When our body begins to metabolize a medication, different organs process the ingredients before they are finally released into the bloodstream. While the process may sound straightforward, different drugs dissolve at different rates, different formulas, and dosages break down differently – and, everybody’s body metabolizes medication uniquely. These are just a few of the many complexities behind the nature of drug absorption and metabolism.
The vast majority of drugs are taken orally and are broken down within the gastrointestinal tract. Once the medication arrives, it is broken down by stomach acids before it passes through the liver and then enters the bloodstream. Certain medications may stay in the bloodstream longer – it all depends on the dosage and drug family consumed.
There are several factors at play when determining the overall time required for medication to be fully digested. The following factors all impact an individual’s sensitivity to and absorption of medication:
• Time of day taken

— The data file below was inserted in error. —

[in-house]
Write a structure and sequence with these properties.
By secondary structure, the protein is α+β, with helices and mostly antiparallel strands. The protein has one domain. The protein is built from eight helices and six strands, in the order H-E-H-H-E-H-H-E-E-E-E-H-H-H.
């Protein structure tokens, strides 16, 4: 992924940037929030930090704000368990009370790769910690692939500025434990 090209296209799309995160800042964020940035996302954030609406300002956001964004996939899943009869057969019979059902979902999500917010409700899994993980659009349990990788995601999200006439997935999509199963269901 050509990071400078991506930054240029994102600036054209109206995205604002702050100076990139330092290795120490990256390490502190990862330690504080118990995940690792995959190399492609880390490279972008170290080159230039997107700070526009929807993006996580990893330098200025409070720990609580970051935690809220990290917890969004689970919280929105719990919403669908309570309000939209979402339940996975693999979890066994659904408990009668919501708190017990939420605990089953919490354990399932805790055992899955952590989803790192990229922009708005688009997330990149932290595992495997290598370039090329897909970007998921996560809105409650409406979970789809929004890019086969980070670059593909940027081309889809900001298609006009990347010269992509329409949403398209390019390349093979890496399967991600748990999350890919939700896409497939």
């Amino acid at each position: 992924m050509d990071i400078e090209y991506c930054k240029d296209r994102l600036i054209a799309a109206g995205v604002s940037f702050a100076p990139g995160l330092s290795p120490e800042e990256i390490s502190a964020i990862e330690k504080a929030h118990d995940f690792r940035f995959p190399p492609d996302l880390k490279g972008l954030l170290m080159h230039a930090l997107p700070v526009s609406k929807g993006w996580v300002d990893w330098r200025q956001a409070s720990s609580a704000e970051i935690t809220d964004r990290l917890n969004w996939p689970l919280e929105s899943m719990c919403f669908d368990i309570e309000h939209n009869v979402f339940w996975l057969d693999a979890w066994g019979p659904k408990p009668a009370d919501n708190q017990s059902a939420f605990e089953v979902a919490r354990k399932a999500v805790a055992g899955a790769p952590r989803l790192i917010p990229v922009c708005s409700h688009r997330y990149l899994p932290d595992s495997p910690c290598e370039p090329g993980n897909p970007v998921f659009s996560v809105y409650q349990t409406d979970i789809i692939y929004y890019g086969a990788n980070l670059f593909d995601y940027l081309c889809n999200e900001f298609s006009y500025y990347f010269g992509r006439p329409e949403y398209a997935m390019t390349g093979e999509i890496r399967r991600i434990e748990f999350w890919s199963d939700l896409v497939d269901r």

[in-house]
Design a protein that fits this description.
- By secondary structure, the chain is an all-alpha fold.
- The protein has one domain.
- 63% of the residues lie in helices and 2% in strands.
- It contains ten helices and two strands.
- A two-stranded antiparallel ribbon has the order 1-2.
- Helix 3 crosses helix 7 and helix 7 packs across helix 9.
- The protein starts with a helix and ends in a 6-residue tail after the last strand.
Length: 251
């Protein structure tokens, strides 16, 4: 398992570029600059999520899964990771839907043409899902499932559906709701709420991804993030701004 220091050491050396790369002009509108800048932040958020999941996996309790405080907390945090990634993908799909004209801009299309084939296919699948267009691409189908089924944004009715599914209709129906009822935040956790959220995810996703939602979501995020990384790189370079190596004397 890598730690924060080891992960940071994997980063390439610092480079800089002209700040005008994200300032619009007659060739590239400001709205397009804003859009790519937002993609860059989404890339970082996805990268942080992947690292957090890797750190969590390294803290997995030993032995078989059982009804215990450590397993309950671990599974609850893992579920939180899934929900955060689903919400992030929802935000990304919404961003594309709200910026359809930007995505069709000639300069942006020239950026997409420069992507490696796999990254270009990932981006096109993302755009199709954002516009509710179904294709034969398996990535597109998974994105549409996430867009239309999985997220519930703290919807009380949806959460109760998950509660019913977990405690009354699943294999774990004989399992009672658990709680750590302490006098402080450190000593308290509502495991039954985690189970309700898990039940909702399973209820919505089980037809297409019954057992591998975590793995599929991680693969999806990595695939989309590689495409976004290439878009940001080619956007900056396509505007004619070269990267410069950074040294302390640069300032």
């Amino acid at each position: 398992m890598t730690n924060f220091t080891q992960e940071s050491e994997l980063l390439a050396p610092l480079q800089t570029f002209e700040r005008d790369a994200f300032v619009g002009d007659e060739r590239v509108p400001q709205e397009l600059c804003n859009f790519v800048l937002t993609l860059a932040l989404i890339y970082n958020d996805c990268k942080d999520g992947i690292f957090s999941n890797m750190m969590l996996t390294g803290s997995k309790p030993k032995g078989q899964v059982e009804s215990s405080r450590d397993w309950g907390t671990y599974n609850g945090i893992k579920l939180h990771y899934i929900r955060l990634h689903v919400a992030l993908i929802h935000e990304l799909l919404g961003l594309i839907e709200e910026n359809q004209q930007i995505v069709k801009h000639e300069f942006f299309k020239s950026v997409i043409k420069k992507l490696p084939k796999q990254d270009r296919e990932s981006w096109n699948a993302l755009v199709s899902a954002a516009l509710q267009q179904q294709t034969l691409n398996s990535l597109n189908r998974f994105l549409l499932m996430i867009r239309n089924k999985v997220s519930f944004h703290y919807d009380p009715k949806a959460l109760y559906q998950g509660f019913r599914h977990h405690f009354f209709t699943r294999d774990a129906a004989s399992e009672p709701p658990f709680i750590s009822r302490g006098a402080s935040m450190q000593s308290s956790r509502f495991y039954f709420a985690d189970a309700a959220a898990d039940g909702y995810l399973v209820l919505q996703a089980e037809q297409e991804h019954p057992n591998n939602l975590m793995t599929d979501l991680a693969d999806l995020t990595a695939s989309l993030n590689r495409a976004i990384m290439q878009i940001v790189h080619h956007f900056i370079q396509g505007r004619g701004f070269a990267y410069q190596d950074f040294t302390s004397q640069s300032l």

• Level of physical activity
• Level of stress
• Content of stomach and PH level
• Presence of other medications.
Gastric acids may prevent or slow the breakdown of certain medications. Additionally, when a medication is metabolized in the liver, its potency will decrease along with its effectiveness before the medicine reaches the bloodstream.
What is Adderall?
Adderall is a combination of Dextroamphetamine and amphetamine used as part of a treatment program to control symptoms of attention deficit hyperactivity disorder (ADHD; more difficulty focusing, controlling actions, and remaining still or quiet than other people who are the same age).
Adderall is used to treat ADHD in adults and children 3 years of age and older. Adderall XR is used to treat ADHD in adults and children 6 years of age and older. Mydayis is used to treat ADHD in adults and children 13 years of age and older. Adderall is also used to treat narcolepsy (a sleep disorder that causes excessive daytime sleepiness and sudden attacks of sleep) in adults and children 12 years of age and older.
How Adderall works
Adderall is in a class of medications called central nervous system stimulants. It works by changing the amounts of certain natural substances in the brain.
How should I take Adderall?